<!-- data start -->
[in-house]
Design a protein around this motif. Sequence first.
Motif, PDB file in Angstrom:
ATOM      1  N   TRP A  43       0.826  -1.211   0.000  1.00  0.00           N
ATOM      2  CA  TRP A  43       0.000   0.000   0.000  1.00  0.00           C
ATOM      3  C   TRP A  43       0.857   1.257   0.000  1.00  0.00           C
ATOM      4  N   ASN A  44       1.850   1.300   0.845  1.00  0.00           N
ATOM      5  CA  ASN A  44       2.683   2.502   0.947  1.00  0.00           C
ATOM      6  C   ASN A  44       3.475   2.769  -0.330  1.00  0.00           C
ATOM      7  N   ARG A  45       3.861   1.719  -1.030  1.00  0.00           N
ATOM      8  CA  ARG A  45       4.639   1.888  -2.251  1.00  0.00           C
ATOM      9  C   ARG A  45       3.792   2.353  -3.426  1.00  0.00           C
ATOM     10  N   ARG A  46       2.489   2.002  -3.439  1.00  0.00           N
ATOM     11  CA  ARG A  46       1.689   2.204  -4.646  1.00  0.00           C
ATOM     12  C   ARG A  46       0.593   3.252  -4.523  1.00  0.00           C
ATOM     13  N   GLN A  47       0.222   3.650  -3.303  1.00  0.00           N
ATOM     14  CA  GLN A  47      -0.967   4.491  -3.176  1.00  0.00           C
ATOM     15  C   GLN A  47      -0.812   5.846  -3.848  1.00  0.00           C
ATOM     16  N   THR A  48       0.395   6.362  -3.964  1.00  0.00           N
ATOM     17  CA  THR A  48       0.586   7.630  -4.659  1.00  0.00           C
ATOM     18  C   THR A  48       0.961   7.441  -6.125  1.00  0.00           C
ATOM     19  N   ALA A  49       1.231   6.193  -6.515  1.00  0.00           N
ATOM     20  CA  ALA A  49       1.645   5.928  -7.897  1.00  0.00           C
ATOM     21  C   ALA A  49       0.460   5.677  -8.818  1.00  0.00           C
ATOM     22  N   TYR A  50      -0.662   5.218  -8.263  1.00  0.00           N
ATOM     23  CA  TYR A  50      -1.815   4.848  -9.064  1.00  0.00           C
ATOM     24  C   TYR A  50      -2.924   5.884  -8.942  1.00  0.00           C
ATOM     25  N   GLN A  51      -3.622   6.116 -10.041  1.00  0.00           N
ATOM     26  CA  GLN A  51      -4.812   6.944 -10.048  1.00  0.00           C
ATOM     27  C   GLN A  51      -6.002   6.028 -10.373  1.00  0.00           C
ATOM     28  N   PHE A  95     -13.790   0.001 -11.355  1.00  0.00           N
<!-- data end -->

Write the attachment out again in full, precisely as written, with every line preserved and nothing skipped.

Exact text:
[in-house]
Design a protein around this motif. Sequence first.
Motif, PDB file in Angstrom:
ATOM      1  N   TRP A  43       0.826  -1.211   0.000  1.00  0.00           N
ATOM      2  CA  TRP A  43       0.000   0.000   0.000  1.00  0.00           C
ATOM      3  C   TRP A  43       0.857   1.257   0.000  1.00  0.00           C
ATOM      4  N   ASN A  44       1.850   1.300   0.845  1.00  0.00           N
ATOM      5  CA  ASN A  44       2.683   2.502   0.947  1.00  0.00           C
ATOM      6  C   ASN A  44       3.475   2.769  -0.330  1.00  0.00           C
ATOM      7  N   ARG A  45       3.861   1.719  -1.030  1.00  0.00           N
ATOM      8  CA  ARG A  45       4.639   1.888  -2.251  1.00  0.00           C
ATOM      9  C   ARG A  45       3.792   2.353  -3.426  1.00  0.00           C
ATOM     10  N   ARG A  46       2.489   2.002  -3.439  1.00  0.00           N
ATOM     11  CA  ARG A  46       1.689   2.204  -4.646  1.00  0.00           C
ATOM     12  C   ARG A  46       0.593   3.252  -4.523  1.00  0.00           C
ATOM     13  N   GLN A  47       0.222   3.650  -3.303  1.00  0.00           N
ATOM     14  CA  GLN A  47      -0.967   4.491  -3.176  1.00  0.00           C
ATOM     15  C   GLN A  47      -0.812   5.846  -3.848  1.00  0.00           C
ATOM     16  N   THR A  48       0.395   6.362  -3.964  1.00  0.00           N
ATOM     17  CA  THR A  48       0.586   7.630  -4.659  1.00  0.00           C
ATOM     18  C   THR A  48       0.961   7.441  -6.125  1.00  0.00           C
ATOM     19  N   ALA A  49       1.231   6.193  -6.515  1.00  0.00           N
ATOM     20  CA  ALA A  49       1.645   5.928  -7.897  1.00  0.00           C
ATOM     21  C   ALA A  49       0.460   5.677  -8.818  1.00  0.00           C
ATOM     22  N   TYR A  50      -0.662   5.218  -8.263  1.00  0.00           N
ATOM     23  CA  TYR A  50      -1.815   4.848  -9.064  1.00  0.00           C
ATOM     24  C   TYR A  50      -2.924   5.884  -8.942  1.00  0.00           C
ATOM     25  N   GLN A  51      -3.622   6.116 -10.041  1.00  0.00           N
ATOM     26  CA  GLN A  51      -4.812   6.944 -10.048  1.00  0.00           C
ATOM     27  C   GLN A  51      -6.002   6.028 -10.373  1.00  0.00           C
ATOM     28  N   PHE A  95     -13.790   0.001 -11.355  1.00  0.00           N